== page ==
Put it down?

(05.05.21 – Choices in Life -Matthew 16:26)




My friend, may I ask you a question? When it comes to smart choices, sometimes waiting things out, gives them time to settle. But, is it better to know when the waiting needs to end and the starting begins?


My friend, Life’s a story, welcome to This Passing Day.

I'm M. Clifford Brunner.



When it comes to smart choices, sometimes waiting things out, gives them time to settle. Deciding is: knowing when the waiting needs to end and the starting begins. A number of years ago I had the task of building a banister for the stairway going down into our basement recreation room. Now banisters, complete with railing, insets and base plates, have a lot of angles and cuts to consider. Simply, the geometry and precision required of building that banister far outweighed the simple measuring and cutting of most carpentry tasks around here at Beech Springs. This banister would not be just a simple rail affair. Rather, it would have to fill the space between steps and ceiling so as to prevent little grandkids from falling over the side of the stairway. I spent the first several days simply staring at the empty stair space and scribbling little drawings on a pad of paper. The planning was necessary. But, the more planning I put into it, the more the task seemed to grow. Finally, I knew that I had to leave the pad of paper behind and begin making some honest sawing, gluing and fitting. As daunting as the task seemed, I knew deep down planning had to give way to construction.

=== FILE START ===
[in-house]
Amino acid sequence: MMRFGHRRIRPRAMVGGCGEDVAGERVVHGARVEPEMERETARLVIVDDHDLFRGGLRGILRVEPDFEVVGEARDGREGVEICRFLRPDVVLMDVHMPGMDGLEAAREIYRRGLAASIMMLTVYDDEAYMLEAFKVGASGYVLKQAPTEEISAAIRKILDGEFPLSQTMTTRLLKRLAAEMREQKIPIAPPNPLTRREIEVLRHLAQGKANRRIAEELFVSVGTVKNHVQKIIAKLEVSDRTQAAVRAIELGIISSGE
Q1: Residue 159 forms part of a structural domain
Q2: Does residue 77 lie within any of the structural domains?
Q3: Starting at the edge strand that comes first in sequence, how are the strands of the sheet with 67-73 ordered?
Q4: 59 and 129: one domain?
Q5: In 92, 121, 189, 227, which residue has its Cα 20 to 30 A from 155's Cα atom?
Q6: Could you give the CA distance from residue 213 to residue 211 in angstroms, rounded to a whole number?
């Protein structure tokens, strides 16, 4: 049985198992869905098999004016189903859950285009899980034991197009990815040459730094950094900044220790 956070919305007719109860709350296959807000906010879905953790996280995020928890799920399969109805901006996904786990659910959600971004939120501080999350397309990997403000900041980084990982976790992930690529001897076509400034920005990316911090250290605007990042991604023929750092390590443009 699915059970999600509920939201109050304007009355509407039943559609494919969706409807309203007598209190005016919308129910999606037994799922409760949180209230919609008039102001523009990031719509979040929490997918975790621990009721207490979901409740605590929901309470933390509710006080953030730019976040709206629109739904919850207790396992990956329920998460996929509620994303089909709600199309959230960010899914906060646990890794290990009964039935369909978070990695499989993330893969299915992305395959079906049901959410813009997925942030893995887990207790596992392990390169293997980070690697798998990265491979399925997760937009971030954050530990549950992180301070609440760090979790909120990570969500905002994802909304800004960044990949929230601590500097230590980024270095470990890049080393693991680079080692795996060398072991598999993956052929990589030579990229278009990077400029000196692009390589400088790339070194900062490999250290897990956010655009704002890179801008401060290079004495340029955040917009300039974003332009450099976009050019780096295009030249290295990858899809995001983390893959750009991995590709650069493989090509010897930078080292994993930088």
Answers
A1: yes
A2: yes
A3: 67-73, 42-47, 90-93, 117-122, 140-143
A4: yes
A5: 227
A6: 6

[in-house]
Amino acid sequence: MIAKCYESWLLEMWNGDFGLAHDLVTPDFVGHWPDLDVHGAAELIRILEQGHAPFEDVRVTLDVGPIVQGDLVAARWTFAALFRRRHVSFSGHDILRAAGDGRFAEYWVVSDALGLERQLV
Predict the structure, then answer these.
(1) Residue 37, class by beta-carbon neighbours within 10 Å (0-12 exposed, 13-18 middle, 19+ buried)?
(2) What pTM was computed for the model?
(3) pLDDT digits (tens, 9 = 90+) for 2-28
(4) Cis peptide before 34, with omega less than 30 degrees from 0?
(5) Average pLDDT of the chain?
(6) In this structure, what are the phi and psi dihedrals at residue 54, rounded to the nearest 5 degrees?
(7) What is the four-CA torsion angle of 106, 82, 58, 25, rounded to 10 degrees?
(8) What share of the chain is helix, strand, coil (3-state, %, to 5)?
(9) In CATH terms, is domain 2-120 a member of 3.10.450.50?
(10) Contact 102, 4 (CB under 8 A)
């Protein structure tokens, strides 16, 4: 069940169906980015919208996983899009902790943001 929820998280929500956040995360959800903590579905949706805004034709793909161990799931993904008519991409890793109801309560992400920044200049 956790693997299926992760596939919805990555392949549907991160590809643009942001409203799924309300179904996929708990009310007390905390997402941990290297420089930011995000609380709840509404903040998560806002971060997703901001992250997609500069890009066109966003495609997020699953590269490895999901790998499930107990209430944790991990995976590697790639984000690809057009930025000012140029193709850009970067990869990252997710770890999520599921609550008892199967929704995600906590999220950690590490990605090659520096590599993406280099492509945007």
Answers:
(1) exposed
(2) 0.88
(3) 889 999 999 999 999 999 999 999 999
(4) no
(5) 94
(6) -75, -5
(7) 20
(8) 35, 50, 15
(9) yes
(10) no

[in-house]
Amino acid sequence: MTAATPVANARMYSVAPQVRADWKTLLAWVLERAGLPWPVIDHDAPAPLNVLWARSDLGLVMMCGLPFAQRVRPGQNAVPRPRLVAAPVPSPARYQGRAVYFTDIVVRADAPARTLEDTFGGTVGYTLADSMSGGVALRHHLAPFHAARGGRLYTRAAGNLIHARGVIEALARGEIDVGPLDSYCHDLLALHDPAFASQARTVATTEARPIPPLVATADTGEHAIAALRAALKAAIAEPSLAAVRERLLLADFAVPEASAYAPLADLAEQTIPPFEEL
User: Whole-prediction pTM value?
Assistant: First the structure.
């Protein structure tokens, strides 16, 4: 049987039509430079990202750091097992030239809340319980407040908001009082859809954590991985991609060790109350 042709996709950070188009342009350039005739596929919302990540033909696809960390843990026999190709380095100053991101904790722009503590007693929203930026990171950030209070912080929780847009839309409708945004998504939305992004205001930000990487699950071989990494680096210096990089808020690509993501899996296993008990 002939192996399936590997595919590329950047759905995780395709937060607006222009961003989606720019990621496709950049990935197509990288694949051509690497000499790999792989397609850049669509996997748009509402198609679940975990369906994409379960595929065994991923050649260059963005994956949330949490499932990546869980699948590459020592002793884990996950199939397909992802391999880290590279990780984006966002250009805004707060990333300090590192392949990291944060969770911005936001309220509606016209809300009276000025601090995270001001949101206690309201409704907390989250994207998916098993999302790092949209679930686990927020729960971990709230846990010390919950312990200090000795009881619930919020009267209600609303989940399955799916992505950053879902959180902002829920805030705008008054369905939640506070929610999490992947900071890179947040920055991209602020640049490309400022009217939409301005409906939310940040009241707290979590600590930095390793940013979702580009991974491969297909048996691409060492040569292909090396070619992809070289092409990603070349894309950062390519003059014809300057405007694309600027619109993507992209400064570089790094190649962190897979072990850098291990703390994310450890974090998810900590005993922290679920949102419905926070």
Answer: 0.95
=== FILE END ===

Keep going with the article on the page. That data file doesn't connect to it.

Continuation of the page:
Here's a story: "A man, who had trouble with his eyes went to see his doctor. After a thorough examination the doctor told the man that he was losing his eyesight and that eventually he would go completely blind. The doctor advised that the man have an operation to restore his eyesight. With resignation the man agreed and the operation was done. When the man awoke from the operation he was amazed that his sight was nearly perfect. He could see well even without glasses. Unfortunately it soon became apparent that, although his eyesight was restored, now his memory had been affected. He could remember anything from his pa